Yes, noncitizen immigrants can’t vote in most elections today, but it is also important to know that this was not always true. Before the mid-1920s, undocumented immigrants could not only vote in local, state, and federal elections, but could also run for office. Immigrants’ voting was not a concern in early U.S. history, as the young nation viewed itself as one built on immigration. But eventually, voter restriction laws were created to mark the boundaries around voting rights and exclude our people from the country’s democracy.
In the same way that these laws were created for exclusion, they can be shifted to include immigrants once again—in fact, the shift has already begun. New York City expanded voting rights to undocumented immigrants in municipal elections, and San Francisco did the same for its school board elections.
These are not isolated cases. Other cities across the nation are proposing similar legislation. Undocumented immigrants work, go to school, church, shop, and live in communities in which they pay taxes––over $27 billion in taxes yearly––but are still denied the right to fully participate in their communities’ democracy.
All laws, including those determining the right to vote, are constructed through the will of the people. As a community that includes important immigrant voices, we must continue to seize the momentum of current legislation and return the right to vote to all of our community’s members, immigrants or citizens, documented or undocumented. Lies that erase the history of our community in this country or construct a limited democracy must be challenged.
Lie: All Citizens Have the Right to Vote
Across the United States, formerly incarcerated individuals have to navigate a complex set of voting laws that vary dramatically from state to state. In 11 states, people who served time in prison lose their voting rights indefinitely or require a pardon in order to vote again. Thirty-seven states allow people to vote upon release or after completing parole, and in just two states —Vermont and Maine– incarcerated people never lose their right to vote and can cast ballots by mail from prison.
With Black and Brown people disproportionately represented in our prisons, accounting for 60 percent of the 2.5 million currently incarcerated, the impact of a racist judicial system severely limits Latinx political participation. Similar to how our community is over-policed, prosecuted, and imprisoned, the impact of this inequity contributes to the de jure disenfranchisement of potential Latinx voters.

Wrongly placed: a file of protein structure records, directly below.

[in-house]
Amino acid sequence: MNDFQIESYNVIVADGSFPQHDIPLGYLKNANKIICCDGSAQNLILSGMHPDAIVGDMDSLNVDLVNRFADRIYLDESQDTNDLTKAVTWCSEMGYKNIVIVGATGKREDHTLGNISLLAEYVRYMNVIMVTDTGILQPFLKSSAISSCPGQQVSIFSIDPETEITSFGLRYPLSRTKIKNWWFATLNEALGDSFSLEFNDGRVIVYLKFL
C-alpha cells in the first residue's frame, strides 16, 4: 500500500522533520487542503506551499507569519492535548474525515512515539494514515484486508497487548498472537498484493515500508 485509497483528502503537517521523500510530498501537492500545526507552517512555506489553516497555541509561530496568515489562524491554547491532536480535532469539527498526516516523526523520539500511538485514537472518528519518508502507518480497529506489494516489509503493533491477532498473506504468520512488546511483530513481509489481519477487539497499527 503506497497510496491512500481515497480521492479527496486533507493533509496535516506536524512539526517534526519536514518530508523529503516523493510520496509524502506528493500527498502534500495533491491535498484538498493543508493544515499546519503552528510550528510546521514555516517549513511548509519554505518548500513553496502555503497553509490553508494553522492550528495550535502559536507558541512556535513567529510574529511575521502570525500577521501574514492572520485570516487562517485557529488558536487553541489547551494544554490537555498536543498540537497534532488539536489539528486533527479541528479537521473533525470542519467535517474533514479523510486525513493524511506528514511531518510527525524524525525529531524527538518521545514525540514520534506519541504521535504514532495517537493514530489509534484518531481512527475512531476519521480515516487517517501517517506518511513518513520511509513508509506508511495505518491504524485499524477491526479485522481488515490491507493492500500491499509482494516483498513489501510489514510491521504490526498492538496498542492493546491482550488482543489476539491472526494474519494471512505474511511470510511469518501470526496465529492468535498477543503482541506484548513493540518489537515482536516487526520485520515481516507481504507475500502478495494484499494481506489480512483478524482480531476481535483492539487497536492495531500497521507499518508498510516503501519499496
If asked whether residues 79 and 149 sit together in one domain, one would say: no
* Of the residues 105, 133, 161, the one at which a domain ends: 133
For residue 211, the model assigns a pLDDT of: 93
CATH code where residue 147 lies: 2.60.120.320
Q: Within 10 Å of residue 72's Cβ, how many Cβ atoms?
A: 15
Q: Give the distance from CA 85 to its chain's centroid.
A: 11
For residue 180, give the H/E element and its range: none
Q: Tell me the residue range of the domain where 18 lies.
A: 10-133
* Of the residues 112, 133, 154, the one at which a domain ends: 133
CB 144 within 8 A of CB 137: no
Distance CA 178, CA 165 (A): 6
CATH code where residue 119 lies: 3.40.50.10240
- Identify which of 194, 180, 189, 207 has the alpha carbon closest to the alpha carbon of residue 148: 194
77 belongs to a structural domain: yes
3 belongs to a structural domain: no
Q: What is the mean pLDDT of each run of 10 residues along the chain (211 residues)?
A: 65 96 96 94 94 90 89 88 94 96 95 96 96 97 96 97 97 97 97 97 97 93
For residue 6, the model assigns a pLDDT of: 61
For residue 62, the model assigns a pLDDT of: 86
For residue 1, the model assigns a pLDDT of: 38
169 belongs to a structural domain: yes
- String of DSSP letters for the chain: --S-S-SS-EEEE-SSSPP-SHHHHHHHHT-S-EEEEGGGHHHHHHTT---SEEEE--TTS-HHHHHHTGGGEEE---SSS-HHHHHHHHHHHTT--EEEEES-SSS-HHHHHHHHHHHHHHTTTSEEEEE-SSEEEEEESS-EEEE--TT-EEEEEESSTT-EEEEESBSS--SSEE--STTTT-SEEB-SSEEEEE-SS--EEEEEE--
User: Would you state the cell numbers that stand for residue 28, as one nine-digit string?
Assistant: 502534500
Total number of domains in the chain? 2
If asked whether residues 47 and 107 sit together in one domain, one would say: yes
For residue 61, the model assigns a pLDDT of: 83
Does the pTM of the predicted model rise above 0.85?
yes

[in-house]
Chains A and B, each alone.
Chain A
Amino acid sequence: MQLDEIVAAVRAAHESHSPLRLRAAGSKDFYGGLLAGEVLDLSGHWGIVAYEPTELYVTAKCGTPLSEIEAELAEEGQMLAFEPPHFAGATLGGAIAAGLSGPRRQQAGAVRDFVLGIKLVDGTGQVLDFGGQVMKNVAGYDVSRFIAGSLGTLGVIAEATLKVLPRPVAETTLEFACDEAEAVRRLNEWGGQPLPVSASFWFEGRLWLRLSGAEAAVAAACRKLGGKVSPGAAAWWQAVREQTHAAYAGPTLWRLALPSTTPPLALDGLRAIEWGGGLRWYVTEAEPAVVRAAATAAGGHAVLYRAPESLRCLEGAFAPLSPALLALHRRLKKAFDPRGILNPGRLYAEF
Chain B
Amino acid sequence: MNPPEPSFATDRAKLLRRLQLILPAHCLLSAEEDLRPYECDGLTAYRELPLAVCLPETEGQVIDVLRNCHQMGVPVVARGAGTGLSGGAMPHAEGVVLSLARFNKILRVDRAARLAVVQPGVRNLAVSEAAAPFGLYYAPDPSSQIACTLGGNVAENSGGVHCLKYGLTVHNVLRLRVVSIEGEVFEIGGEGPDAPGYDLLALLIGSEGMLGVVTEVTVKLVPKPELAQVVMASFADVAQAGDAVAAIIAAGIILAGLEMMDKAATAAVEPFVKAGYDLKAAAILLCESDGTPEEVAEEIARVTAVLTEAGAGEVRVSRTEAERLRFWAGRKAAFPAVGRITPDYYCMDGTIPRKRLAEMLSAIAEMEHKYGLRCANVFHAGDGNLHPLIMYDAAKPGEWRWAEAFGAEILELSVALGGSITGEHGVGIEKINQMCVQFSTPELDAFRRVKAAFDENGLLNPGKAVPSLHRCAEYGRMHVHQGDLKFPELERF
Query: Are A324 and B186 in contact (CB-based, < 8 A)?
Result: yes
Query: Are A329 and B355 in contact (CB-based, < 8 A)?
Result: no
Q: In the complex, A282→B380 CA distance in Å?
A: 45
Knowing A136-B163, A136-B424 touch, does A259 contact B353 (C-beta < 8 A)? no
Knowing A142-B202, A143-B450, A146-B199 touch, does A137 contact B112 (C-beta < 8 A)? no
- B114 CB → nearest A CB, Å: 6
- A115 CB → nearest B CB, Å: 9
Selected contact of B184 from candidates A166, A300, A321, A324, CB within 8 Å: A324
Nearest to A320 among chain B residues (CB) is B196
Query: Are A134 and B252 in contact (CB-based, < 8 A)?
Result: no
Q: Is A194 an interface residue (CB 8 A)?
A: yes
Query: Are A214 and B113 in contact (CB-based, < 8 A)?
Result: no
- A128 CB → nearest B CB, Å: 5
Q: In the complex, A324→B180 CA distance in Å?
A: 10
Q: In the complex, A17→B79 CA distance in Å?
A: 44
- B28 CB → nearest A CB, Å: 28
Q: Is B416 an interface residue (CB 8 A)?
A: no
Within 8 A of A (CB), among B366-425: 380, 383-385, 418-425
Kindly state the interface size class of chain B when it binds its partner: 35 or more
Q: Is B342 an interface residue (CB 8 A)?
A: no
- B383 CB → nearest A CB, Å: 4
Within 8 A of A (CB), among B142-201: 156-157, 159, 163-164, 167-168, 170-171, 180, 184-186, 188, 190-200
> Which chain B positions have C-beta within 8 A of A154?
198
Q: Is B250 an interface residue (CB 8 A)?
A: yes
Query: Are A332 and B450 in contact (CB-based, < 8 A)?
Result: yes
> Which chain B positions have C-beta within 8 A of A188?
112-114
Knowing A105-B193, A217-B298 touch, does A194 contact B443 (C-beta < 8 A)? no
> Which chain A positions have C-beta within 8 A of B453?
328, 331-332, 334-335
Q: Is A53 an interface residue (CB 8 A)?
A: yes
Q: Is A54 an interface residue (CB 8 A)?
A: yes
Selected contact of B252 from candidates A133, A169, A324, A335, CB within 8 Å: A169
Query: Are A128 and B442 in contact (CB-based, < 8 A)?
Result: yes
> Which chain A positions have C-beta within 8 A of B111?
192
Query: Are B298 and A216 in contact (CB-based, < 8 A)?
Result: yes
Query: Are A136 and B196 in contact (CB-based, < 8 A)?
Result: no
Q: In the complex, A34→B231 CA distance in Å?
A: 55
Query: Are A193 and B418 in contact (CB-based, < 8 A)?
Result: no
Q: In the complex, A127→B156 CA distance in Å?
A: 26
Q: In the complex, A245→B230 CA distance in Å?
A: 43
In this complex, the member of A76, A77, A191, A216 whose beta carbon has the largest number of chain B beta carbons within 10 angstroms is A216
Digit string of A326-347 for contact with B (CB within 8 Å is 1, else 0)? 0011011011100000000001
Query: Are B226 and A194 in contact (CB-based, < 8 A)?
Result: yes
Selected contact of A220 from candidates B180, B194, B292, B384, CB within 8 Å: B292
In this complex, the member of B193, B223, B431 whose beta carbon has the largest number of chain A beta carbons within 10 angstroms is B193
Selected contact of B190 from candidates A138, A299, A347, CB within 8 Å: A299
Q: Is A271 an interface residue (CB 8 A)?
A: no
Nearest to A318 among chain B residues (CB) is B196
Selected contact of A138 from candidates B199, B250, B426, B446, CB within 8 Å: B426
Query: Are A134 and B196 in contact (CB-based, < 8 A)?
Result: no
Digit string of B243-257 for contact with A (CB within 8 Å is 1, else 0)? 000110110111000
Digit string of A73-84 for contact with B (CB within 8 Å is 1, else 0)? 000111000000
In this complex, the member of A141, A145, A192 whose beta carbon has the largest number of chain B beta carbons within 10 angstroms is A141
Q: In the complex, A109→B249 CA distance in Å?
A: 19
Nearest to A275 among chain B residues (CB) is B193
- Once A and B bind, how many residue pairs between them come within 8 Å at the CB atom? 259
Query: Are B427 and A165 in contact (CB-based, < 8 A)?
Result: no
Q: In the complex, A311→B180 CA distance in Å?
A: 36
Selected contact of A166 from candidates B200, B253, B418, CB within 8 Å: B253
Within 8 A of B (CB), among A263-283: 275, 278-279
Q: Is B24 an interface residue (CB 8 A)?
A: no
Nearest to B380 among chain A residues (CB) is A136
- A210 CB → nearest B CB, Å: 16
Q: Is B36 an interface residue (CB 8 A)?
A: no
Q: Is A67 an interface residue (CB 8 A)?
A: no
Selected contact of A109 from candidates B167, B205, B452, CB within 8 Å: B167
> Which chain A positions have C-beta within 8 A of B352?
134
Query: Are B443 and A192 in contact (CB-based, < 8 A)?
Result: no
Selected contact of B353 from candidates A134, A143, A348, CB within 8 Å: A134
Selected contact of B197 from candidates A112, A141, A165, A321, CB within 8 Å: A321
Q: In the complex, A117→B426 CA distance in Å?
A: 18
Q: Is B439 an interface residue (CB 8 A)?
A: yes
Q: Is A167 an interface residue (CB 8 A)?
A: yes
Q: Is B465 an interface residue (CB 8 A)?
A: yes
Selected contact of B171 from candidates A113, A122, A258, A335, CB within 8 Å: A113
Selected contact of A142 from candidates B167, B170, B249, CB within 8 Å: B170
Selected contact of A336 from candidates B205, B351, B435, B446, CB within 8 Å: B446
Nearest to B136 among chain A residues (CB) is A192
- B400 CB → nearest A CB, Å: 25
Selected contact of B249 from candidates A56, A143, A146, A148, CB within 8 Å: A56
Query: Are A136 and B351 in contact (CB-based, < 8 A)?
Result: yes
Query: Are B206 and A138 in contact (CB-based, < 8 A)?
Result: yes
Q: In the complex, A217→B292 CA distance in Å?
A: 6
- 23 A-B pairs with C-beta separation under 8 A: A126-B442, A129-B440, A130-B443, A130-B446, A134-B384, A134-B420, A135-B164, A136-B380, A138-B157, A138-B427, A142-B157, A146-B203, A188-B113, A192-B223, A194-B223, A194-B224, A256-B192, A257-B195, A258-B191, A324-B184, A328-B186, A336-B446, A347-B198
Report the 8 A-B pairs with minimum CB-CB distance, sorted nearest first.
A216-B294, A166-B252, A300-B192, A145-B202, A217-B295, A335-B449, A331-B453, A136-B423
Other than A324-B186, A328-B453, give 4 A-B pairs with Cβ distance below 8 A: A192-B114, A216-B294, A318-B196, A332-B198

Our society, and more specifically our Latinx community, often does not want to talk about the excessively high rates of Latinx youth incarceration, which puts our youth behind bars at a rate 80 percent higher than white youth. Avoiding the conversation is the easier path and moves away from the mainstream, criminalized stereotypes of our community.
The disproportionate number of Latinx youth incarcerated, however, contributes to both our continued exclusion and diminished political power. With high rates of recidivism and many states denying the right to vote to formerly incarcerated people, voter disenfranchisement as a criminal punishment is unjust and often permanent.
Similar to the movement to expand immigrant voting rights, our community must have difficult conversations about incarceration, challenge these racist systems, and move to ensure that all voices are heard in our democracy, including those who are incarcerated.
Vote, Vote, Vote
We cannot achieve a representative democracy and challenge issues that greatly impact the Latinx community, like immigrant and incarcerated voting rights, without seeing the value in our vote. Whether it is voting for your city council member or the next president, electing individuals who look like us and understand our community’s needs is critical to begin fully utilizing our political power. We must reject the lies being told to our community that dilute our political agency and remember the weight that our vote carries as we head into the 2022 midterm elections this November.
Every 30 seconds a Latinx individual turns 18, but for too many, their power to shape our democracy will be limited by a system of injustices and lies. We have the power to change the narrative along with the future of our community and country.
Xalma Palomino is an undergraduate student at the University of Michigan where she is a double major in political science and Latina/o studies. She is a 2022 Truman Scholar recipient, heralded as “the premier graduate scholarship for aspiring public service leaders in the United States.”